The segregationists lost, Chappell argues, because they needed much more than the tepid, passive support of the churches to overcome the "apathy, complacency, and overconfidence of white southerners" (p.109). As a case in point, he observes that even Presbyterian pastor G. T. Gillespie's famous defense of segregation refused to claim that the Bible categorically mandated it. As Gillespie put it, "While the Bible contains no clear mandate for or against segregation as between the white and negro races, it does furnish considerable data from which valid inferences may be drawn in support of the general principle of segregation as an important feature of the Divine purpose and Providence throughout the ages"   (p.110).

Most southern pastors and theologians would not even go that far. Their strongest argument was that the Bible did not condemn segregation, and that it was therefore a matter best left to reason and experience. Given such a weak position, many prominent southern religious leaders accepted integration in a remarkably short period of time. Billy Graham refused to allow segregated seating in his crusades after 1954, and declared that segregation could not be justified from Scripture. The popular Dallas pastor W. A. Criswell defended segregation for a time, but he repudiated it when he was elected president of the Southern Baptist Convention in 1968. Perhaps the best bellwether of southern religion was L. Nelson Bell, editor of the conservative Southern Presbyterian Journal. Bell supported segregation but only on a voluntary basis. For him segregation was far less important than a host of other moral and theological issues facing the church. Bell wanted to foster the spread of the gospel, accommodating evangelicalism to as broad a range of peoples as possible, a stance that, it increasingly became obvious, would require the abandonment of segregation. 

Chappell admits that there was somewhat of a divide between the pulpit and the pew when it came to these matters. Pastors throughout the South were deposed or forced to resign when their congregations disagreed with integration-friendly preaching. In a few locations, such as Mississippi, certain bodies of churches even managed to take a unified stance in opposition to segregation, against their own denominations. But such was the exception rather than the norm. Ardent segregationists came to view churches and pastors as more of a threat to segregation than an ally. "The segregationists had popular opinion behind them, but not popular conviction.... [King] was far more confident in his bid to increase his support among white southern Christians than the segregationists ever were in their bids to increase theirs"   (p.151).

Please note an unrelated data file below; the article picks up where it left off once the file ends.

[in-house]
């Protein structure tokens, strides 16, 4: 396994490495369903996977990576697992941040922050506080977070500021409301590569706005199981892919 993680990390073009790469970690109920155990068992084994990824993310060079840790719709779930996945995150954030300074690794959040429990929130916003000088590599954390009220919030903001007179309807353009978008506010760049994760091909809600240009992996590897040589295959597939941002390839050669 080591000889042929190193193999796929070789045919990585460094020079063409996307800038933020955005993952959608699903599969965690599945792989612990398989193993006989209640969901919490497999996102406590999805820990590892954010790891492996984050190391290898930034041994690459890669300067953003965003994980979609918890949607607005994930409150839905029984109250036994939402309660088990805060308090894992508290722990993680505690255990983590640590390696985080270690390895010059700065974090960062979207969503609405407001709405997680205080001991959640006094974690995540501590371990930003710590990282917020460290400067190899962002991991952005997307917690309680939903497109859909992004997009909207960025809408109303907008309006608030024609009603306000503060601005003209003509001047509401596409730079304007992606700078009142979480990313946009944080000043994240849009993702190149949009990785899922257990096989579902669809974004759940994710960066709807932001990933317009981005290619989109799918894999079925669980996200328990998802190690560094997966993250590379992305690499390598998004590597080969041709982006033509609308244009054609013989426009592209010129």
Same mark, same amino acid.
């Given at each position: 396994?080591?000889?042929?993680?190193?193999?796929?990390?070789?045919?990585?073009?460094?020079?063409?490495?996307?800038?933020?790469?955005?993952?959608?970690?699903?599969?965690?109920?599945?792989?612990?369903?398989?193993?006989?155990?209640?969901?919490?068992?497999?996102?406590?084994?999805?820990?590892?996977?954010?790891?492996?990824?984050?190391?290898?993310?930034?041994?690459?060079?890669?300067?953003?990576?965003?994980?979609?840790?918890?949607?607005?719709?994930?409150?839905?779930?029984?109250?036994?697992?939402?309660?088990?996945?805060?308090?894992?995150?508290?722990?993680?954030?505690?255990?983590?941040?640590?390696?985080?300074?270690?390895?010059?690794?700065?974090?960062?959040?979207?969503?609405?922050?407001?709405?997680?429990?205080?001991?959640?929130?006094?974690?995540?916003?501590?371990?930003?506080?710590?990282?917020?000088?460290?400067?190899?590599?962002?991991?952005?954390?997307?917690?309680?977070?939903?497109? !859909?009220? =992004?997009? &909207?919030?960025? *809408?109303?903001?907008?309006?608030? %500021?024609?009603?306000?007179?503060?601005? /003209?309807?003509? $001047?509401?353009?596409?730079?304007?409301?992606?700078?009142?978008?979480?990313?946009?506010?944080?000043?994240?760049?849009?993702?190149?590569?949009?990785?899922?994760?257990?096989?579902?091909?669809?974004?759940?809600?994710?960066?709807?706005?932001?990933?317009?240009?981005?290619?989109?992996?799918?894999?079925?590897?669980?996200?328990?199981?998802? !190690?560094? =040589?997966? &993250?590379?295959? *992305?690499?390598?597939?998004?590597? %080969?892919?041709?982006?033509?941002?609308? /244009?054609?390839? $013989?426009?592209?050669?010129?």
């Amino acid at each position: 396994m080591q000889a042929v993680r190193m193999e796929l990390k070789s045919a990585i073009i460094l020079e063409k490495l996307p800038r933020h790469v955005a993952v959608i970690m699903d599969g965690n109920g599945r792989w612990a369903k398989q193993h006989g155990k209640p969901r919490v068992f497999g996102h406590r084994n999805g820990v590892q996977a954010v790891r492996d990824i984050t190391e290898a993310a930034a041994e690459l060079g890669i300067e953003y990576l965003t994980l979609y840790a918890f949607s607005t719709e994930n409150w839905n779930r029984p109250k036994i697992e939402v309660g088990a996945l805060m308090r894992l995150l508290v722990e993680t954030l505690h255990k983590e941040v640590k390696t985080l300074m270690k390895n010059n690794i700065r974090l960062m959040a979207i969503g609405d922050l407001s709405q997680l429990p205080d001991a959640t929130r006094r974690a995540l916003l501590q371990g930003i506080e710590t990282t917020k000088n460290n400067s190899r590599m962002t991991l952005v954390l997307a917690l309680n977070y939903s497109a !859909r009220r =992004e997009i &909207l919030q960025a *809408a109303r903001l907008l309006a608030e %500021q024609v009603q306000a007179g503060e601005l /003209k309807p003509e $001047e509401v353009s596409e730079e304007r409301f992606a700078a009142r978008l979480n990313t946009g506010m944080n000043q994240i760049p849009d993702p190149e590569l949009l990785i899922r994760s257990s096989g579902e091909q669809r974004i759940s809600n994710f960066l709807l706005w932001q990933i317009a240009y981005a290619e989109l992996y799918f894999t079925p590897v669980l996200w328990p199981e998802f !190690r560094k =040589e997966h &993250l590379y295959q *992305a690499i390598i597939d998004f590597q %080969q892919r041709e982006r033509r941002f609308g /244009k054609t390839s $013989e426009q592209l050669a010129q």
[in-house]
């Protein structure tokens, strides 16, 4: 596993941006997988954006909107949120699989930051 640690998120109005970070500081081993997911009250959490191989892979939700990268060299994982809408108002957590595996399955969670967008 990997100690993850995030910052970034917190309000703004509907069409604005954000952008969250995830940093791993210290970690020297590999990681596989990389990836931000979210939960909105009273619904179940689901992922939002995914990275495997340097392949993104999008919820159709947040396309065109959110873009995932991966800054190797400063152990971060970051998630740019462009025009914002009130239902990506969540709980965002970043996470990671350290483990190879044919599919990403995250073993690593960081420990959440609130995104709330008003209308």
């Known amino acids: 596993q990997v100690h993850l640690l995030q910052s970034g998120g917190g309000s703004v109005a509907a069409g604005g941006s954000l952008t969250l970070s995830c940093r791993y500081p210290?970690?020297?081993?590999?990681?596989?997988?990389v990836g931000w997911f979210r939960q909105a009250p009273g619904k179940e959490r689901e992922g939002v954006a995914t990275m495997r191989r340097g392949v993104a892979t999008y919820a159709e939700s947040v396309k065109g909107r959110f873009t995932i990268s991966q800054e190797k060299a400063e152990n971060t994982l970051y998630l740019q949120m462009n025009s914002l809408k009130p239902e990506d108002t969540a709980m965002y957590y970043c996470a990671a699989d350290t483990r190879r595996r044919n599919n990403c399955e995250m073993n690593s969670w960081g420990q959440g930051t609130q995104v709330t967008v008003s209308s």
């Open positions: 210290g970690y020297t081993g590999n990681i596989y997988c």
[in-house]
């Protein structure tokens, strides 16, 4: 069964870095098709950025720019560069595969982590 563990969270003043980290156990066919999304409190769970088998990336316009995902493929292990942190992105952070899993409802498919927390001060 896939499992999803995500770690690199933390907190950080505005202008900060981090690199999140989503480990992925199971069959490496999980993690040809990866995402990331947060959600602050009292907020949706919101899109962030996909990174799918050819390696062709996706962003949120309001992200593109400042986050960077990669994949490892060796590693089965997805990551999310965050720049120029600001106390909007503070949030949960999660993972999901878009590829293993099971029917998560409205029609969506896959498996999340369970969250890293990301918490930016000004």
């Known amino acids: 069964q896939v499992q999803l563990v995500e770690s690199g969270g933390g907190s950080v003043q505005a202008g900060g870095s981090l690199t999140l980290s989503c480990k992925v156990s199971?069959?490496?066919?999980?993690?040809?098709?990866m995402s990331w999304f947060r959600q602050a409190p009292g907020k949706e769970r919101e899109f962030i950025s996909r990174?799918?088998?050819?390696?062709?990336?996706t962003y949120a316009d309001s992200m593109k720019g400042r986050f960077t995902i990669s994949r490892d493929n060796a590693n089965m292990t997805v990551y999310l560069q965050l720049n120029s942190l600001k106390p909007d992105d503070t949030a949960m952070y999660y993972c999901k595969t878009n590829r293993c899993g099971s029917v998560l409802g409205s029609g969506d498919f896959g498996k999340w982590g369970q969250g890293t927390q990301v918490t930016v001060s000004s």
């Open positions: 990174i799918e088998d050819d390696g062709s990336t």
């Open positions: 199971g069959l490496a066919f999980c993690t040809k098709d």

In the final analysis, then, segregation collapsed because it was much weaker culturally than it at first appeared. Without the vigorous support of the church, segregationists could not defend the status quo except at the cost of order and respectability. Chappell surveys the ways in which various journalists, lawyers, and politicians sought to preserve respectability for segregation, but ultimately failed. The ultimate lesson is that southern racism was insufficient to unify a winning political movement. Like northern liberals, southern segregationists lacked the cultural resources of religion. The irony, however, is that southern conservatives would later draw lessons from black southerners on how to use religion for political purposes. The leaders of the Christian Right would claim to carry the mantle of King when they entered the political arena during the 1980s and 1990s.

Chappell's analysis of the role of religion in the civil rights movement demonstrates the vital importance of religion in American culture and politics. Its demonstration of the good that has been accomplished through the impulse of prophetic Christianity will challenge those who assume religion and politics should be kept separate. Yet, somewhat paradoxically, its argument that southern churches' refusal to tie themselves to the sinking ship of segregation - despite their support for it - suggests that sometimes churches accomplish the most good when they seek to be a-political. Similarly, in contrast to the work of Carolyn Renée Dupont, Chappell takes into account the broad picture of southern evangelicalism, evaluating attitudes toward segregation in the context of more basic evangelical commitments and goals. This helps him to identify ways in which southern Christians' commitment to biblical orthodoxy functioned as a threat to segregation rather than an ally, allowing for a more nuanced perspective of evangelicalism than Dupont permits. The interplay between religion, culture, and politics is far more complex than we often like to think. Anyone interested in such questions will be thoroughly rewarded by taking the time to read this book.

Matthew J. Tuininga holds a PhD in Religion, Ethics and Society from Emory University and currently teaches at Oglethorpe University in Atlanta, Georgia. He is a licensed exhorter in the United Reformed Churches of North America and he blogs at matthewtuininga.wordpress.com